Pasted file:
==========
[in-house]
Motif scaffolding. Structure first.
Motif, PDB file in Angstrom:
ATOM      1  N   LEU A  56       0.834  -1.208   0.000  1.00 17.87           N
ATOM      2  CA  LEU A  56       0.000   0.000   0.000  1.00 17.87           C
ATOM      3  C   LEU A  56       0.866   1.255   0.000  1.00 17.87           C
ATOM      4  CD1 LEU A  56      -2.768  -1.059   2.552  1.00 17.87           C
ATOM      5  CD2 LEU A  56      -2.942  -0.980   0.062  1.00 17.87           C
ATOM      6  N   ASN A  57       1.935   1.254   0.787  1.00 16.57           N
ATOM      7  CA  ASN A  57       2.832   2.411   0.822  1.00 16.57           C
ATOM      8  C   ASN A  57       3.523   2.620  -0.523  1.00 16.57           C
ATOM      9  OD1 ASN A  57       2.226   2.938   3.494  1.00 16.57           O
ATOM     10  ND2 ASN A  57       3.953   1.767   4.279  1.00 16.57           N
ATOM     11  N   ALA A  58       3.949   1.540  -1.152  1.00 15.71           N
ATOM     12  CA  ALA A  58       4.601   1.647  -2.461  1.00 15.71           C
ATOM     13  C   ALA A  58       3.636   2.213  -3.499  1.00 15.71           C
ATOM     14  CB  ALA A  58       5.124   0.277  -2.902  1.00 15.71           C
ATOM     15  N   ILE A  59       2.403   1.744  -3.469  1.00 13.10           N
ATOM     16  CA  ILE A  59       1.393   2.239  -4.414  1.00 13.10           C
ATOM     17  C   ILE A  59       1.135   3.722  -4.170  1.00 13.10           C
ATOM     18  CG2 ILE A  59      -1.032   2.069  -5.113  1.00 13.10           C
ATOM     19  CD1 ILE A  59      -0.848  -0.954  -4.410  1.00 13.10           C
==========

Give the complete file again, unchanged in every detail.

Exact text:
[in-house]
Motif scaffolding. Structure first.
Motif, PDB file in Angstrom:
ATOM      1  N   LEU A  56       0.834  -1.208   0.000  1.00 17.87           N
ATOM      2  CA  LEU A  56       0.000   0.000   0.000  1.00 17.87           C
ATOM      3  C   LEU A  56       0.866   1.255   0.000  1.00 17.87           C
ATOM      4  CD1 LEU A  56      -2.768  -1.059   2.552  1.00 17.87           C
ATOM      5  CD2 LEU A  56      -2.942  -0.980   0.062  1.00 17.87           C
ATOM      6  N   ASN A  57       1.935   1.254   0.787  1.00 16.57           N
ATOM      7  CA  ASN A  57       2.832   2.411   0.822  1.00 16.57           C
ATOM      8  C   ASN A  57       3.523   2.620  -0.523  1.00 16.57           C
ATOM      9  OD1 ASN A  57       2.226   2.938   3.494  1.00 16.57           O
ATOM     10  ND2 ASN A  57       3.953   1.767   4.279  1.00 16.57           N
ATOM     11  N   ALA A  58       3.949   1.540  -1.152  1.00 15.71           N
ATOM     12  CA  ALA A  58       4.601   1.647  -2.461  1.00 15.71           C
ATOM     13  C   ALA A  58       3.636   2.213  -3.499  1.00 15.71           C
ATOM     14  CB  ALA A  58       5.124   0.277  -2.902  1.00 15.71           C
ATOM     15  N   ILE A  59       2.403   1.744  -3.469  1.00 13.10           N
ATOM     16  CA  ILE A  59       1.393   2.239  -4.414  1.00 13.10           C
ATOM     17  C   ILE A  59       1.135   3.722  -4.170  1.00 13.10           C
ATOM     18  CG2 ILE A  59      -1.032   2.069  -5.113  1.00 13.10           C
ATOM     19  CD1 ILE A  59      -0.848  -0.954  -4.410  1.00 13.10           C